A changing democracy: the British political tradition has never been more vulnerable

A changing democracy: the British political tradition has never been more vulnerable

Never before has the British political tradition been more contested, write Matthew Hall, David Marsh and Emma Vines. They explain that British democracy is facing three major challenges – Scottish independence, Brexit, and anti-politics – and these have the potential to force change on an otherwise stale political establishment.

We need to talk (more) about deliberative democracy in the EU

We need to talk (more) about deliberative democracy in the EU

Criticism of the EU’s ‘democratic deficit’ has become increasingly prominent since the financial crisis. Firat Cengiz writes that democracy in the EU would benefit from methods allowing citizens to participate more directly in policymaking. She argues for a form of deliberative democracy to be implemented at the European level and provides some practical suggestions for how this could be achieved.

Posted in: EU politics
Electoral observation missions promote competitive elections in autocracies

Electoral observation missions promote competitive elections in autocracies

As elections have become more frequent across all regimes, Electoral Observation Missions (EOM) have increased their presence around their world. However, it has not always been clear whether EOM have an impact, and what exactly that is. Nasos Roussias and Rubén Ruiz-Rufino addressed this issue, examining elections from more than 100 countries around the world between 1976 and 2009. They show that EOM presence results in improvements of the competitiveness of elections, but only in autocracies, where they reduce margins of victory for incumbents and increase the likelihood that the opposition will take over, whereas they have no traceable impact in democracies.

Why the Grieve amendment to the EU Withdrawal Bill is not unconstitutional

Why the Grieve amendment to the EU Withdrawal Bill is not unconstitutional

On Wednesday, 20 June, the House of Commons will consider again amendments to the EU Withdrawal Bill intended to give Parliament a meaningful vote on the Brexit negotiations, particularly in the case of no deal being agreed. Ben Margulies considers the constitutional implications of these highly contentious proposals.

Maine’s election shows that ranked-choice voting is popular in the US right now. But we have been here before.

Maine’s election shows that ranked-choice voting is popular in the US right now. But we have been here before.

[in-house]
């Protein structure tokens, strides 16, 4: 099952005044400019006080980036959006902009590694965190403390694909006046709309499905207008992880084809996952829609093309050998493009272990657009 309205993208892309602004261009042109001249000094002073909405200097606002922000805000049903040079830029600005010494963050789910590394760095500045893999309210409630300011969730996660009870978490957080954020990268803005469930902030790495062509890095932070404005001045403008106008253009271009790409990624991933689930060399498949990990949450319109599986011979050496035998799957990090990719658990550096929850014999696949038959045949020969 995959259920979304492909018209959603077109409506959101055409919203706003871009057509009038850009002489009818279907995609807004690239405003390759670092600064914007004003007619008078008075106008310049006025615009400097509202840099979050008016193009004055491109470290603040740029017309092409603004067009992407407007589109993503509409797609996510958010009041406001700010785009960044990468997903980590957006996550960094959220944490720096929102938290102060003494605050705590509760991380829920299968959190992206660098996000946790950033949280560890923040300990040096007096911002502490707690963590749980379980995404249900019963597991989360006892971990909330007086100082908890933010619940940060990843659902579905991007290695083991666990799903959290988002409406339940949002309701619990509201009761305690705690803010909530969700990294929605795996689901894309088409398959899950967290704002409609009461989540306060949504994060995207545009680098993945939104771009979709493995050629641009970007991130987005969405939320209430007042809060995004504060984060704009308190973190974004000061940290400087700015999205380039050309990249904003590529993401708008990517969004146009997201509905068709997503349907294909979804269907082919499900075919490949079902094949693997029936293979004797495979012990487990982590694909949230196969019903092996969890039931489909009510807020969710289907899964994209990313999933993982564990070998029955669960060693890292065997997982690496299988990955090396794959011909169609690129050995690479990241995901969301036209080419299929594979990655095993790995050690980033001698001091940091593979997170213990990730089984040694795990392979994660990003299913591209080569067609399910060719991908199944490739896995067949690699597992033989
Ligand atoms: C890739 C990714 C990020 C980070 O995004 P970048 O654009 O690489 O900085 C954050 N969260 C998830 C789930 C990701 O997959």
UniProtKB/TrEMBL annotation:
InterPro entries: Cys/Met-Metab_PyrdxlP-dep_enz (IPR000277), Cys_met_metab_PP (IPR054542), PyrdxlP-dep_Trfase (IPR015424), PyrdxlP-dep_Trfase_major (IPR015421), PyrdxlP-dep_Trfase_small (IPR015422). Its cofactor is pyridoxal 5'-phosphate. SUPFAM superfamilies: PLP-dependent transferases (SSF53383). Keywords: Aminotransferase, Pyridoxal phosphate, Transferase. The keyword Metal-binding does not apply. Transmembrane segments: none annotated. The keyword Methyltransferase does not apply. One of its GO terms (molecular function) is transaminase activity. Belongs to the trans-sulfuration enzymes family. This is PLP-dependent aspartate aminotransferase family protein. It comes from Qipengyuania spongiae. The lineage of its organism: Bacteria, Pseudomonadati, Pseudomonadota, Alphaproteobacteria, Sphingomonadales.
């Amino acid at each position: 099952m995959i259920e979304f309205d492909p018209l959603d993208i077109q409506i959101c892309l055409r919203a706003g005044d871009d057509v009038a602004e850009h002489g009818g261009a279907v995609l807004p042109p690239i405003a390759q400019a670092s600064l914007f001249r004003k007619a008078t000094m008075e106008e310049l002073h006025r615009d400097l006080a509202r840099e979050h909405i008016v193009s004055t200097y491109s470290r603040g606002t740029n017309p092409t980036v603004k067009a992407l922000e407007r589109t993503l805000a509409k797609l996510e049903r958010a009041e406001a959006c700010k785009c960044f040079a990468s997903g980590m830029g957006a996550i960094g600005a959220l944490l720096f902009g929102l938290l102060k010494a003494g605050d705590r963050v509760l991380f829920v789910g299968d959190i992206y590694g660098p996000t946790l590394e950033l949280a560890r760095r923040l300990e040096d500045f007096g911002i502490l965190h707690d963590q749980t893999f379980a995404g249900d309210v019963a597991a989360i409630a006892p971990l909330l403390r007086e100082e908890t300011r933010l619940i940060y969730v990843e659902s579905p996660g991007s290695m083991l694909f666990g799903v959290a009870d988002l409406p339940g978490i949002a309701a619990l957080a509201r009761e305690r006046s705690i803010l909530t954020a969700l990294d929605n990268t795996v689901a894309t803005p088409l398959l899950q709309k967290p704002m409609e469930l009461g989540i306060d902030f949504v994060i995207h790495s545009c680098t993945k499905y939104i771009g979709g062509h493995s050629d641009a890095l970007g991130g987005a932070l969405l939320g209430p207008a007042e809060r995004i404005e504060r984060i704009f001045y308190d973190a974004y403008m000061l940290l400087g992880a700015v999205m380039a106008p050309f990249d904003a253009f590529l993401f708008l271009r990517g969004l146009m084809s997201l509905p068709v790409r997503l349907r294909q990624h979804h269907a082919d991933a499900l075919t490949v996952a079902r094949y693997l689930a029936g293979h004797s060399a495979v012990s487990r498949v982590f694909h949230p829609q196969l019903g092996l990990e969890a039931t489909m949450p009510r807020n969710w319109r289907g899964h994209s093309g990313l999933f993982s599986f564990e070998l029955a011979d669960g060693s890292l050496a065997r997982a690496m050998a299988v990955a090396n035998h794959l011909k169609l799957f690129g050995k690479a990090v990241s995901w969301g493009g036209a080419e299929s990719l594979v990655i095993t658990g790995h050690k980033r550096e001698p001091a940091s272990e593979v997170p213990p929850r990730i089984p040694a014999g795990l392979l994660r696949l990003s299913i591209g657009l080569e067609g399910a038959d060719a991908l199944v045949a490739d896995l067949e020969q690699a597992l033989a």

Voters in the Pine Tree State have chosen to continue using ranked-choice voting in state-wide elections. Jack Santucci explains that ranked-choice voting is likely to be adopted in polarised political environments, creating majorities where there currently are none, and as a reaction to unpopular politicians who have won without majorities of votes. He reminds us that the current era of polarisation is similar to that of one hundred years ago, the last time ranked-choice voting was in fashion.

Book Review | Against Meritocracy: Culture, Power and Myths of Mobility by Jo Littler

Book Review | Against Meritocracy: Culture, Power and Myths of Mobility by Jo Littler

In Against Meritocracy: Culture, Power and Myths of Mobility, Jo Littler offers a rich analysis that intricately teases out the grasp ‘merit’ and ‘meritocracy’ have on everyday cultural and social narratives of value and power in contemporary society. This is a rewarding contribution to the shared work of challenging hegemonic, neoliberal myths that uphold the status quo, recommends Sarah Burton, and to the building of a better and fairer world. 

Posted in: Book reviews
Reproducing the political class: how socialisation makes MPs more loyal to their parties

Reproducing the political class: how socialisation makes MPs more loyal to their parties

What are the drivers of party discipline in the House of Commons? Evidence from survey data suggests that the socialisation process of new MPs as they learn from colleagues is a key factor in their subsequent loyalty, writes Nicholas Dickinson.

Tommy Robinson and the UK’s post-EDL far right: how extremists are mobilising in response to online restrictions and developing a new ‘victimisation’ narrative

Tommy Robinson and the UK’s post-EDL far right: how extremists are mobilising in response to online restrictions and developing a new ‘victimisation’ narrative

After protests in London following the imprisonment of far-right activist Tommy Robinson, William Allchorn examines the changing strategies of the UK’s fringe extreme-right groups in recent months, which include a concerning revival of street protest, mobilising around a narrative of victimisation.

Posted in: Uncategorized
The Supreme Court’s decision on Northern Ireland’s abortion law – what now?

The Supreme Court’s decision on Northern Ireland’s abortion law – what now?

Kathryn McNeilly, Fiona Bloomer and Claire Pierson explain the background and implications of the recent ruling which, although found Northern Ireland’s abortion law to be incompatible with human rights law, dismissed the case on technical grounds.

Why don’t immigrants vote more?

Why don’t immigrants vote more?

There are relatively few cases where non-citizen immigrants can vote in municipal elections, but where they can participation tends to be low. Didier Ruedin assesses the case of Geneva, where he finds that, even accounting for social origin, engagement, civic integration and socialisation, there is a gap in participation that needs further explanation.